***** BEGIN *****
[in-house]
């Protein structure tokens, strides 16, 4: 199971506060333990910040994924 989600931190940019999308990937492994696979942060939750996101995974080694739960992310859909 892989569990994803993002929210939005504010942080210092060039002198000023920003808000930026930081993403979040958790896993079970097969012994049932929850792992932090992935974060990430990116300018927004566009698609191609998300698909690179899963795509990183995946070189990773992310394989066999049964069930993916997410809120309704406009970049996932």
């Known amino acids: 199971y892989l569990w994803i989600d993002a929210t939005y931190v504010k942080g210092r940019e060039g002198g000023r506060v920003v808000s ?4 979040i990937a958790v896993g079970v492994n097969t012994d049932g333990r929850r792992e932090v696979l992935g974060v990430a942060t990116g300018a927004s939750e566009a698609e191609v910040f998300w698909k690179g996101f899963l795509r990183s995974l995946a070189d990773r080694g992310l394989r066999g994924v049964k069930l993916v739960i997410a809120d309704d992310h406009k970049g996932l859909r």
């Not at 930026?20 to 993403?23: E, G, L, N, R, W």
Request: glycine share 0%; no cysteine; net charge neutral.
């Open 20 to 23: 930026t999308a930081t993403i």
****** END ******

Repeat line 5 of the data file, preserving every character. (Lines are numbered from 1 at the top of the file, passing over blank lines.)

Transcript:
Request: glycine share 0%; no cysteine; net charge neutral.